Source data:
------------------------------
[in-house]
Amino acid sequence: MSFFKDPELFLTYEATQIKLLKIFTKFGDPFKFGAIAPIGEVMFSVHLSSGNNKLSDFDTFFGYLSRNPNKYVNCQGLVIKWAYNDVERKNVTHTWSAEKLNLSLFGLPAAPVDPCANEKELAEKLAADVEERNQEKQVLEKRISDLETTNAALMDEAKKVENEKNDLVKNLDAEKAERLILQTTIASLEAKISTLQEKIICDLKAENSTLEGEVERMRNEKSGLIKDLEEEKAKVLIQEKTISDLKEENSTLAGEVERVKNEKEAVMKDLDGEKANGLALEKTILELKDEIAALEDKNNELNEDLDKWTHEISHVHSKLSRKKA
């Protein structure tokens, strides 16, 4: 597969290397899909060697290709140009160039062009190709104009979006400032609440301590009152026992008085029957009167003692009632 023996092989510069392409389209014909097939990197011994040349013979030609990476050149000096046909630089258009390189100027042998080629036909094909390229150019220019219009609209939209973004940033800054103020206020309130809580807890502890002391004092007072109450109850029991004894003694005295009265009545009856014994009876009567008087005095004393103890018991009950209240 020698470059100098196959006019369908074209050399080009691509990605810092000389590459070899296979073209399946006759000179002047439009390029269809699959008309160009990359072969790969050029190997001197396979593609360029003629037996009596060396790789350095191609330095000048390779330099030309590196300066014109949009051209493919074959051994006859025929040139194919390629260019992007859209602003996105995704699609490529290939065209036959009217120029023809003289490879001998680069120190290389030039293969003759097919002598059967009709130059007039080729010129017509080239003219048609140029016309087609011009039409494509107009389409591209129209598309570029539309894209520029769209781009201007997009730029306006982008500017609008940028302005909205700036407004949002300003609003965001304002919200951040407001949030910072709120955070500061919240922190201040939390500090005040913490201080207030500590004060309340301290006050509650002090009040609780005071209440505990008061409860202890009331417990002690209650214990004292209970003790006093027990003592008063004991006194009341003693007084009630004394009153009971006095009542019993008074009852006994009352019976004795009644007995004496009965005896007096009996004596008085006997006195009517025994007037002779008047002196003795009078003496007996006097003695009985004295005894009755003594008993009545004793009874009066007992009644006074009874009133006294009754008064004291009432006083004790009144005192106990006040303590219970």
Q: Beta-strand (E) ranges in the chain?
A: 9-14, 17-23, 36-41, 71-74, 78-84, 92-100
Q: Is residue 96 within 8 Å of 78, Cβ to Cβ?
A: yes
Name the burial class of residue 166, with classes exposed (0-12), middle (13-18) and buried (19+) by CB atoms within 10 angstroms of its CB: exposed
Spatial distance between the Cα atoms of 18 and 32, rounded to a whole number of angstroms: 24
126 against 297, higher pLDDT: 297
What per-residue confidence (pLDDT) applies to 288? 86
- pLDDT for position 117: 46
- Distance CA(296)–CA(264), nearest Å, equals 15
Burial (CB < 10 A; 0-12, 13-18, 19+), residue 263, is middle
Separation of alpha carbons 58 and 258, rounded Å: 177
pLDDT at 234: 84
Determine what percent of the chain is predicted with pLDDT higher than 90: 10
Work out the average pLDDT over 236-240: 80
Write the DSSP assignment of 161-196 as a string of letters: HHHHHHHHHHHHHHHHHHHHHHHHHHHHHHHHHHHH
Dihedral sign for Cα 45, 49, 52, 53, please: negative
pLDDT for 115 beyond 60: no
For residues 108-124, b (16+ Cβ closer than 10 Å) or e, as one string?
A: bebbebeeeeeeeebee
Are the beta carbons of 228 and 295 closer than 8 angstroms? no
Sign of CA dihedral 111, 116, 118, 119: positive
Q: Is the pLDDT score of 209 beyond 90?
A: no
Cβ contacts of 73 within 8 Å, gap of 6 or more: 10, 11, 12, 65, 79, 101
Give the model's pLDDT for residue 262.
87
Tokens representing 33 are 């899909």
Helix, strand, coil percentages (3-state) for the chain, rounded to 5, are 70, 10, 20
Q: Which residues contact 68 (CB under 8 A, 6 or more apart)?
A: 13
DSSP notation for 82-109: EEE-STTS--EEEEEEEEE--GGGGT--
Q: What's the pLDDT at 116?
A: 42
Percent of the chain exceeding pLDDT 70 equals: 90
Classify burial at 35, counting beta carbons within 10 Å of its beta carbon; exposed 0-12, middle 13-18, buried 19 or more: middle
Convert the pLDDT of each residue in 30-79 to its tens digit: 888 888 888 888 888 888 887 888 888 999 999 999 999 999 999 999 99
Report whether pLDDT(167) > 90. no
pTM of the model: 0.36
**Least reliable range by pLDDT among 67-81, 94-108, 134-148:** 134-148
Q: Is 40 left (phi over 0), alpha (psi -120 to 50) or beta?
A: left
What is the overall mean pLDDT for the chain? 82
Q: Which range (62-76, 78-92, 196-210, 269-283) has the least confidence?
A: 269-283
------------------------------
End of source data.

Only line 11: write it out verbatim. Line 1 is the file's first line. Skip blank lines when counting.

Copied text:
What per-residue confidence (pLDDT) applies to 288? 86